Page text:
Hi, everyone! Welcome today’s guest, RLL, here to support READ TUESDAY by answering the twenty questions answered by other authors participating in the literary world’s answer to Black Friday and Cyber Monday.
READ TUESDAY. TWENTY QUESTIONS FOR…RLL.
In support of READ TUESDAY, I’m answering my questions on other people’s blogs. Writers chatting to each other on writing. Tedious or devious? Let’s have twenty questions, and find out. I’ve already answered these questions here: STEPHANIE STAMM. And I’ve given the same questions different answers here: MISHA BURNETT. Also here: CHARLES YALLOWITZ.
Time for some alternative answers…where possible.
1. Fire rages in your house. Everyone is safe, but you. You decide to smash through the window, shielding your face with a book. What is the book?
Face reality. If the fire breaks out in my office or library, I am toast. The firestorm, generated by the burning of so many books, would be seen from space.
2. Asleep in your rebuilt house, you dream of meeting a dead author. But not in a creepy stalkerish way, so you shoo Mr Poe out of the kitchen. Instead, you sit down and have cake with which dead author?
Whoops. That’s the second time I’ve tried answering this by naming a living author. Oh, this is going nowhere fast. Now I’ve almost named another two with a pulse. Right. Hans Andersen. Got there in the end.
3. Would you name six essential items for writers? If, you know, cornered and threatened with torture.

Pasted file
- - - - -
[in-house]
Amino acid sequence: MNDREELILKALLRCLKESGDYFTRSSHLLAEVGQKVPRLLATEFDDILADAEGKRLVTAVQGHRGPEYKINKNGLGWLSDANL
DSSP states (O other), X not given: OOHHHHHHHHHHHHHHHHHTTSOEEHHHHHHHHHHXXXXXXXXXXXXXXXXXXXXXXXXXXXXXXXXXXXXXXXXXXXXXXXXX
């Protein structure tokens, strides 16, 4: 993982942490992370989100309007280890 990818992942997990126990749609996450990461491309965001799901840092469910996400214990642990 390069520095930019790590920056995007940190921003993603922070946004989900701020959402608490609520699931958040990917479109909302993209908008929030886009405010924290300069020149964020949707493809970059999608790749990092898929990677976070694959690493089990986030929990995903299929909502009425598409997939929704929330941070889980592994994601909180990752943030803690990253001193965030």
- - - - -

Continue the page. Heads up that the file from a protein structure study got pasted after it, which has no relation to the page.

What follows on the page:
Donner, Blitzen…that wasn’t the question. Grumpy, Bashful…that won’t work either.
A certain sense of humour. Belief in the unbelievable. Disbelief in the real. Evasiveness under questioning. A room containing more than one dictionary. The ability to count to six.
4. Who’d win in a fight between Count Dracula and Frankenstein’s monster? If, you know, you were writing that scene.
The fight is abandoned. It turns out the battle was fought by Count Frankenstein and Dracula’s monster. All bets are off.
5. It’s the end of a long and tiring day. You are still writing a scene. Do you see it through to the end, even though matchsticks prop your eyelids open, or do you sleep on it and return, refreshed, to slay that literary dragon another day?
I can’t remember a day in the past week when I stopped typing before midnight. Noting sense of irony now.
6. You must introduce a plot-twist. Evil twin or luggage mix-up?
I have my evil twin introduce the plot-twist.
7. Let’s say you write a bunch of books featuring an amazing recurring villain. At the end of your latest story you have definitely absitively posolutely killed off the villain for all time and then some. Did you pepper your narrative with clues hinting at the chance of a villainous return in the next book?
Yes – though that was the last book in the series.
8. You are at sea in a lifeboat, with the barest chance of surviving the raging storm. There’s one opportunity to save a character, drifting by this scene. Do you save the idealistic hero or the tragic villain?
To much cheering, I save the whales.